Oh, the Humanities! is continuing the INDSUTRY NEWS section of the newsletter, but wanted to present the info outside the small margins of the email window. The list of news items is curated by OTH editors to reflect topics of the day that are of interest to the OTH audience. 

In a seasonally-favored edition of Industry News, Cambridge University Press has dusted off its famous “Christmas Book” limited editions and digitized them; the University of Louisville’s library has put together some books and movie suggestions for Kwanzaa; a new photo-essay scopes out eleven ancient sites around the world that are aligned to the winter solstice; Iceland gets very bookish in the run up to Christmas Eve, much to the relief of its publishing industry, and the Library of Congress digs into the true story of the Hanukkah dreidel.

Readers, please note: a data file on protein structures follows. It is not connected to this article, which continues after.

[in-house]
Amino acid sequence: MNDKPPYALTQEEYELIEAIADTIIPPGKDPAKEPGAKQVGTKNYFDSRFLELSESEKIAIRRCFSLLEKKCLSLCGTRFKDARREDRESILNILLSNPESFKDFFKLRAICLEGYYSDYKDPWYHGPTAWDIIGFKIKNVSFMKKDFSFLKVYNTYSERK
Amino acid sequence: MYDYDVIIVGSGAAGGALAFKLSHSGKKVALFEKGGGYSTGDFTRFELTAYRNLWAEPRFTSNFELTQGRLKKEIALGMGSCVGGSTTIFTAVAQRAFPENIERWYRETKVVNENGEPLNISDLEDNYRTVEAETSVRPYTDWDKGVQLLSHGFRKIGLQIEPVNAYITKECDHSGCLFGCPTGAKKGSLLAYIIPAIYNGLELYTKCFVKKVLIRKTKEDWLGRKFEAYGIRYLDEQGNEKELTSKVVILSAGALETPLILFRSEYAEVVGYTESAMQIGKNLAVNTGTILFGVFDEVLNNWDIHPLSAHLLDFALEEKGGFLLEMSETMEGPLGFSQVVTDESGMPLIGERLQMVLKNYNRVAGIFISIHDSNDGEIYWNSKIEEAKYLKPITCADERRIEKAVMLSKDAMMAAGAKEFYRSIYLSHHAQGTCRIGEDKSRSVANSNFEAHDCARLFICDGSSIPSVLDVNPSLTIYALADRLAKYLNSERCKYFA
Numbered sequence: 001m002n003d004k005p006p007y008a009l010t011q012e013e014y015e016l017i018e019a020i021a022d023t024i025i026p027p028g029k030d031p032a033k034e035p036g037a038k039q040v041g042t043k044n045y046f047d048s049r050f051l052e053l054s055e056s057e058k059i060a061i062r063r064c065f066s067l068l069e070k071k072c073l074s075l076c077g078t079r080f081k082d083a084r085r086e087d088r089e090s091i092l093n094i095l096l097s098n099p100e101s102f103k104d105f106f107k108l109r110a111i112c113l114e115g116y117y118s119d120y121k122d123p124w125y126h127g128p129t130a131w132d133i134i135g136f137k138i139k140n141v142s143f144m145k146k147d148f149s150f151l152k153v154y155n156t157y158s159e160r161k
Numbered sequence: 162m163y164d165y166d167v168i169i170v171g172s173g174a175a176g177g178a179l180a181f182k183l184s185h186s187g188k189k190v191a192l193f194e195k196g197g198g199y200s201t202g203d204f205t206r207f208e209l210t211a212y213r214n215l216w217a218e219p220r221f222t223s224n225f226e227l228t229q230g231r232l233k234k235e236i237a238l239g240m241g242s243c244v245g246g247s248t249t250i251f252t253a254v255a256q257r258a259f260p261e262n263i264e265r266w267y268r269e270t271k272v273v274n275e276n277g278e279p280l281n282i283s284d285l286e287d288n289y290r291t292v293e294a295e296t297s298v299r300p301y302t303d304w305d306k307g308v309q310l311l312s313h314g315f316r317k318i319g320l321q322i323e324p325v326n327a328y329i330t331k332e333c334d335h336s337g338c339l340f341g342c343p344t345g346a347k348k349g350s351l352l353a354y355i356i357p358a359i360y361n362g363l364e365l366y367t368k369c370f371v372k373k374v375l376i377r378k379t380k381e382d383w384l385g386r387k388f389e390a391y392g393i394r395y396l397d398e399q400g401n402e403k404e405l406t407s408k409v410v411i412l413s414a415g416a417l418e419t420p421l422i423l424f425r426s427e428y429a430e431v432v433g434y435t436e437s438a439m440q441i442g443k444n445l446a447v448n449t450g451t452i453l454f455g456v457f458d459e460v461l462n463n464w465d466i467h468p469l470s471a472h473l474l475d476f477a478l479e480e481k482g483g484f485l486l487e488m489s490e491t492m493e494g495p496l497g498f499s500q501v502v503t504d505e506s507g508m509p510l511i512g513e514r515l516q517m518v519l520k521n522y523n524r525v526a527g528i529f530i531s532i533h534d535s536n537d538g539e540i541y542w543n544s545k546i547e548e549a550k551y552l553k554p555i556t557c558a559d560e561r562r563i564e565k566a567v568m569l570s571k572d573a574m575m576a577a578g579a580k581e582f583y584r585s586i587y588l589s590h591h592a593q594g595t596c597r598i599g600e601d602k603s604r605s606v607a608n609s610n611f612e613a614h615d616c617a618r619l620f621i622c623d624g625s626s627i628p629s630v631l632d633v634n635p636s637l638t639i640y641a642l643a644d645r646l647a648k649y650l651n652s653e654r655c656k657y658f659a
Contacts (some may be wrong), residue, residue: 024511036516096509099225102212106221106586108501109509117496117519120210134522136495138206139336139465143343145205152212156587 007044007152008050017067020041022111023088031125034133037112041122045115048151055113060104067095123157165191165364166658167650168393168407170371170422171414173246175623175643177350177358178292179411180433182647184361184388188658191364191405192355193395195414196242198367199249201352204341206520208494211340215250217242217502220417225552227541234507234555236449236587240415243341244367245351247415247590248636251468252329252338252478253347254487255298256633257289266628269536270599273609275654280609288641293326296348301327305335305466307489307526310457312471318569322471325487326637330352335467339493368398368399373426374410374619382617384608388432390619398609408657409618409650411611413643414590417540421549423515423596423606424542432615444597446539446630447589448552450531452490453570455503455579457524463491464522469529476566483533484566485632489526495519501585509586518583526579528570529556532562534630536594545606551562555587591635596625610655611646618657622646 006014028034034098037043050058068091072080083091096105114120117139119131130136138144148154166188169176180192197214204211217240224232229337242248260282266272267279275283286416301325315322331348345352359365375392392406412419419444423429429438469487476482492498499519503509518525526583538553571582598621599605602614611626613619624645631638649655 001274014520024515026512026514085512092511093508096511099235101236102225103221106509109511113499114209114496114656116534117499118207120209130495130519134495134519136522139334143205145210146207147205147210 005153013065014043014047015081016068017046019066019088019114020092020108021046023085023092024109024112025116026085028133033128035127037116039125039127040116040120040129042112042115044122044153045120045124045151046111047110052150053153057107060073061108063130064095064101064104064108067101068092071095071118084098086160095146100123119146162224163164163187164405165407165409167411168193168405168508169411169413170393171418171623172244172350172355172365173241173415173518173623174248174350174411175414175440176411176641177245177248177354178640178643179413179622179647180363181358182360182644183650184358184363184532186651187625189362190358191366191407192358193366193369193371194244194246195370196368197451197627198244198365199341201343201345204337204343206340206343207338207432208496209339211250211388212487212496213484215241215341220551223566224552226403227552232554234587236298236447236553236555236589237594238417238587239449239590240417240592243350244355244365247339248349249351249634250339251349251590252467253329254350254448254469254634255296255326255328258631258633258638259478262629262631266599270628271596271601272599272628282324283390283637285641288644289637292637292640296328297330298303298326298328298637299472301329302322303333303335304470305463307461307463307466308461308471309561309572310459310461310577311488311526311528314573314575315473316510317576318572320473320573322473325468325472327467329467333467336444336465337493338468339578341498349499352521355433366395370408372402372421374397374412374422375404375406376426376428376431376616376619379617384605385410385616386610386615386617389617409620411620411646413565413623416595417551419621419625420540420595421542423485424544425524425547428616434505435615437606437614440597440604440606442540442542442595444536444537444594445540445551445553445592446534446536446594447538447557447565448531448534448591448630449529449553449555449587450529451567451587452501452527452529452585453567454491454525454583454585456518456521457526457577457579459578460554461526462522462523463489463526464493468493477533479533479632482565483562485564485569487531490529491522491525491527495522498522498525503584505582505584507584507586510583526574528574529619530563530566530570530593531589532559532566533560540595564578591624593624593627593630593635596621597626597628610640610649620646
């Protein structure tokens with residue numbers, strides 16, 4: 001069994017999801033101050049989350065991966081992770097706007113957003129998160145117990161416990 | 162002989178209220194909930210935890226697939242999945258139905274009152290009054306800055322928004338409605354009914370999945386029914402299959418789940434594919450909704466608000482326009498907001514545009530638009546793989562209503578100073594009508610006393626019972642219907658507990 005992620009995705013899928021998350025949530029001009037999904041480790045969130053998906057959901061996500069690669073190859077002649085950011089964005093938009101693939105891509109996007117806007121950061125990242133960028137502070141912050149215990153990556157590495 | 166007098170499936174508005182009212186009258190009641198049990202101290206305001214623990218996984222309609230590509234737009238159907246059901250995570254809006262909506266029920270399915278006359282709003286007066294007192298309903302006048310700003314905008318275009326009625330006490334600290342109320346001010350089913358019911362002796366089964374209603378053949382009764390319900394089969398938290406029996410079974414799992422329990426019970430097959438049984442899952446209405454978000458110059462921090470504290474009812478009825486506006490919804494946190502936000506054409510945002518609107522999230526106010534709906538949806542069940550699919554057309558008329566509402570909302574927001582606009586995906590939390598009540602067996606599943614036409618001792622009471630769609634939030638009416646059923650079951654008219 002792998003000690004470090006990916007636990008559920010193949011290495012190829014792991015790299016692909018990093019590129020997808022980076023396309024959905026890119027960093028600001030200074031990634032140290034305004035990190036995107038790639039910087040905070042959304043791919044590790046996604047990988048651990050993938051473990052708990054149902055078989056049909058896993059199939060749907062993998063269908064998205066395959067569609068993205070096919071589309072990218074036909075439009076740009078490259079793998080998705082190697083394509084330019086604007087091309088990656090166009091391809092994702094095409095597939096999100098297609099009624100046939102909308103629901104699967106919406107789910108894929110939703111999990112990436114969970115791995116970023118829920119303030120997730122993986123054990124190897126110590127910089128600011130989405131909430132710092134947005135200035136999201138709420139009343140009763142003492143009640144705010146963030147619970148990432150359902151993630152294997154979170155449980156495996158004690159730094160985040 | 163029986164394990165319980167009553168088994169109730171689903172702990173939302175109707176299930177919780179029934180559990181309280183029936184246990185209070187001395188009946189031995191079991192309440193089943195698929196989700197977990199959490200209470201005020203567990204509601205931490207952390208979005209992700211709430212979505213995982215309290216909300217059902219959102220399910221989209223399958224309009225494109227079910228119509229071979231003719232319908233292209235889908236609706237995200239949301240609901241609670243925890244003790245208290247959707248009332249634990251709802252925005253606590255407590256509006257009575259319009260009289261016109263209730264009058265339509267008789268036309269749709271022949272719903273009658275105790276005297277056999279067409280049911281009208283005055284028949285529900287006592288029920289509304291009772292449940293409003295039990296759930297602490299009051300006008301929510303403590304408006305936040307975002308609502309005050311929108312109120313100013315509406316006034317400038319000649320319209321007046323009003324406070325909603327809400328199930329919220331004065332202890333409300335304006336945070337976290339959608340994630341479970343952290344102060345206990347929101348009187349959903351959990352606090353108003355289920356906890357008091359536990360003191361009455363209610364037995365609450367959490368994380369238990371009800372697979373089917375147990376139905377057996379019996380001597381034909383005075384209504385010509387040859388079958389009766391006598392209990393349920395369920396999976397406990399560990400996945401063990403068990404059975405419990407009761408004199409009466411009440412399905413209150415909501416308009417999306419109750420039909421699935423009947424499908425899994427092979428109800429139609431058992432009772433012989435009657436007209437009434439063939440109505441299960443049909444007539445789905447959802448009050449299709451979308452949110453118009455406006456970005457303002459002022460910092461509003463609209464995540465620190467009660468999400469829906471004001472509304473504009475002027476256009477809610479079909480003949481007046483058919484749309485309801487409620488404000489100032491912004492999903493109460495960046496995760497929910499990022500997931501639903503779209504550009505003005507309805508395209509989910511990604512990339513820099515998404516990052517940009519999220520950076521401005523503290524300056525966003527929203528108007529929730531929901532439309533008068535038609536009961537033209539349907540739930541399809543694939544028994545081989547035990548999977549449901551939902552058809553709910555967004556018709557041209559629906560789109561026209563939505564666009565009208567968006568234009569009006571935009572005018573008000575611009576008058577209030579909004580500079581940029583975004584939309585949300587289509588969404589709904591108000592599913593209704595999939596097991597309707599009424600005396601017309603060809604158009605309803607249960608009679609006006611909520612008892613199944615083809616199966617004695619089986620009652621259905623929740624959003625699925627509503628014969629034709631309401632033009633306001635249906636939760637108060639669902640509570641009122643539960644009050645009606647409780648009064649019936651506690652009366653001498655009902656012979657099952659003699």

Kwanzaa Resources

The William F. Ekstrom Library at the University of Louisville has put together a collection of suggested books and films that showcase the seven principles of Kwanzaa: 

[From University of Louisville Libraries]


The Truth Behind the Dreidel

The Library of Congress digs into the origin of and stories told about the Hanukkah dreidel, the spinning top traditionally associated with the holiday, and explicates the true history of the toy.

[From Library of Congress Folklife Today blog]


Cambridge “Christmas Books”

Cambridge University Press has digitized its “Christmas Books’–limited edition volumes that were produced as Christmas gifts for ‘friends in printing and publishing’ between 1930 and 1973:

[From Cambridge News]


Winter Solstice Sites

The winter solstice, the shortest day of the year, falling on December 21st or 22nd, has been a significant time of year in many prehistoric cultures.  It marks the symbolic death and rebirth of the Sun since the gradual waning of daylight hours is reversed and days begin to grow longer. These eleven ancient sites are aligned with the sun on the winter solstice and were likely used by our ancestors for rituals to celebrate the midwinter festival.

[From Business Insider]


Readin’ Around the Christmas Tree

Iceland’s traditional “Christmas book flood” is a large component of the publishing industry in that highly-literate nation. 

[From Smithsonian Magazine]